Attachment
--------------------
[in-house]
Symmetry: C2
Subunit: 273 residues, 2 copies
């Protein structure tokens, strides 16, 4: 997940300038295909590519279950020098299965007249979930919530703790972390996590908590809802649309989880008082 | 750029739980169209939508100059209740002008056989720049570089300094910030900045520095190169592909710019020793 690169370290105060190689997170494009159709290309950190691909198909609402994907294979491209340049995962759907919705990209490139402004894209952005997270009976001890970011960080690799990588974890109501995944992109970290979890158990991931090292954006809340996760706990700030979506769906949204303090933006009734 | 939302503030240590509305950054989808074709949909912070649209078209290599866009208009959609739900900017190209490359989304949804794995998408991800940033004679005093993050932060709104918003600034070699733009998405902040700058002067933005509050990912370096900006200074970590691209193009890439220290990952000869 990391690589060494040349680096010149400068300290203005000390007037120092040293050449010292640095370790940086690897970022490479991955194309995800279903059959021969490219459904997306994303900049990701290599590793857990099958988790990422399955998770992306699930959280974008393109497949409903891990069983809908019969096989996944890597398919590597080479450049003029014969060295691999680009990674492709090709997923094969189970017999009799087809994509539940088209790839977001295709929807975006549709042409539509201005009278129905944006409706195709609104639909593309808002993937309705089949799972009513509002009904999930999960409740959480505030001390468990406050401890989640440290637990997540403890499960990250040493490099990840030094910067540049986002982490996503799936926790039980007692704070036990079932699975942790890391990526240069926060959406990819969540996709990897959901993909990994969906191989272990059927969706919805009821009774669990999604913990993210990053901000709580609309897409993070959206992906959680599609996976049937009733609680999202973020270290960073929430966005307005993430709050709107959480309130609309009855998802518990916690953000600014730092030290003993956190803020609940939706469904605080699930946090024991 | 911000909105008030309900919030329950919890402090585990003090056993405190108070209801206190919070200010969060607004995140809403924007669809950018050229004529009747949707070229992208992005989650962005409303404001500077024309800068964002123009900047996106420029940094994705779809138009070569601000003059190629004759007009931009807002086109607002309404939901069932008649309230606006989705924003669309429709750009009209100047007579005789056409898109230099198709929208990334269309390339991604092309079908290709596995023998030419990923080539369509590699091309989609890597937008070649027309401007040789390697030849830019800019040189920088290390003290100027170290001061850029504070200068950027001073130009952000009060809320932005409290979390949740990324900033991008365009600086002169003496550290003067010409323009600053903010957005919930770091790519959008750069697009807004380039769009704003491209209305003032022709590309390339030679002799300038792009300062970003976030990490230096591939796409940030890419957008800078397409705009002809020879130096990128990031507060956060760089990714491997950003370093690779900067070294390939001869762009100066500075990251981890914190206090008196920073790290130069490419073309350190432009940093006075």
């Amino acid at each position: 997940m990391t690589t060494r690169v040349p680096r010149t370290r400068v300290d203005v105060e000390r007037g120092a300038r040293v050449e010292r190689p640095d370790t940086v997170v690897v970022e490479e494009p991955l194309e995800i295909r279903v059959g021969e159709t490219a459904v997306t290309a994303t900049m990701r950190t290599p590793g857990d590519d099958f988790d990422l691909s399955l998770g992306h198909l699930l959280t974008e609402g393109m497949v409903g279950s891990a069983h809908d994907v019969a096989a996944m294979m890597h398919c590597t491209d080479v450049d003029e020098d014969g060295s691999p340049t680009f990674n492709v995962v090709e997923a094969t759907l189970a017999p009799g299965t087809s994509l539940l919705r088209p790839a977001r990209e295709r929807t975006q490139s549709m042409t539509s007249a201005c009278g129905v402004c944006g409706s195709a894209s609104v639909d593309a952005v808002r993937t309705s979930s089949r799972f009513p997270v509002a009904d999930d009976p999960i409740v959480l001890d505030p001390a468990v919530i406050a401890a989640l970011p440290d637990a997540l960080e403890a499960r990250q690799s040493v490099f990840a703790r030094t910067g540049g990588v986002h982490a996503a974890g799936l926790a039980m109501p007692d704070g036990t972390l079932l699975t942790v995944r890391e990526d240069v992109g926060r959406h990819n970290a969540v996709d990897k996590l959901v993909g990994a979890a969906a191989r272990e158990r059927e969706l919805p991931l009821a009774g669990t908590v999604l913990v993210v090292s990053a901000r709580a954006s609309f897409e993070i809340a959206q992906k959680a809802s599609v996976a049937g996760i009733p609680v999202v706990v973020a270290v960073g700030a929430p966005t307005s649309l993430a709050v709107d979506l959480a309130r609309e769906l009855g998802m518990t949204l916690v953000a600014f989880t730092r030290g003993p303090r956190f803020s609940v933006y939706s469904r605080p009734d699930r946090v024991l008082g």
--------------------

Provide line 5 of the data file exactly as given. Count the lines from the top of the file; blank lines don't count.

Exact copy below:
């Amino acid at each position: 997940m990391t690589t060494r690169v040349p680096r010149t370290r400068v300290d203005v105060e000390r007037g120092a300038r040293v050449e010292r190689p640095d370790t940086v997170v690897v970022e490479e494009p991955l194309e995800i295909r279903v059959g021969e159709t490219a459904v997306t290309a994303t900049m990701r950190t290599p590793g857990d590519d099958f988790d990422l691909s399955l998770g992306h198909l699930l959280t974008e609402g393109m497949v409903g279950s891990a069983h809908d994907v019969a096989a996944m294979m890597h398919c590597t491209d080479v450049d003029e020098d014969g060295s691999p340049t680009f990674n492709v995962v090709e997923a094969t759907l189970a017999p009799g299965t087809s994509l539940l919705r088209p790839a977001r990209e295709r929807t975006q490139s549709m042409t539509s007249a201005c009278g129905v402004c944006g409706s195709a894209s609104v639909d593309a952005v808002r993937t309705s979930s089949r799972f009513p997270v509002a009904d999930d009976p999960i409740v959480l001890d505030p001390a468990v919530i406050a401890a989640l970011p440290d637990a997540l960080e403890a499960r990250q690799s040493v490099f990840a703790r030094t910067g540049g990588v986002h982490a996503a974890g799936l926790a039980m109501p007692d704070g036990t972390l079932l699975t942790v995944r890391e990526d240069v992109g926060r959406h990819n970290a969540v996709d990897k996590l959901v993909g990994a979890a969906a191989r272990e158990r059927e969706l919805p991931l009821a009774g669990t908590v999604l913990v993210v090292s990053a901000r709580a954006s609309f897409e993070i809340a959206q992906k959680a809802s599609v996976a049937g996760i009733p609680v999202v706990v973020a270290v960073g700030a929430p966005t307005s649309l993430a709050v709107d979506l959480a309130r609309e769906l009855g998802m518990t949204l916690v953000a600014f989880t730092r030290g003993p303090r956190f803020s609940v933006y939706s469904r605080p009734d699930r946090v024991l008082g």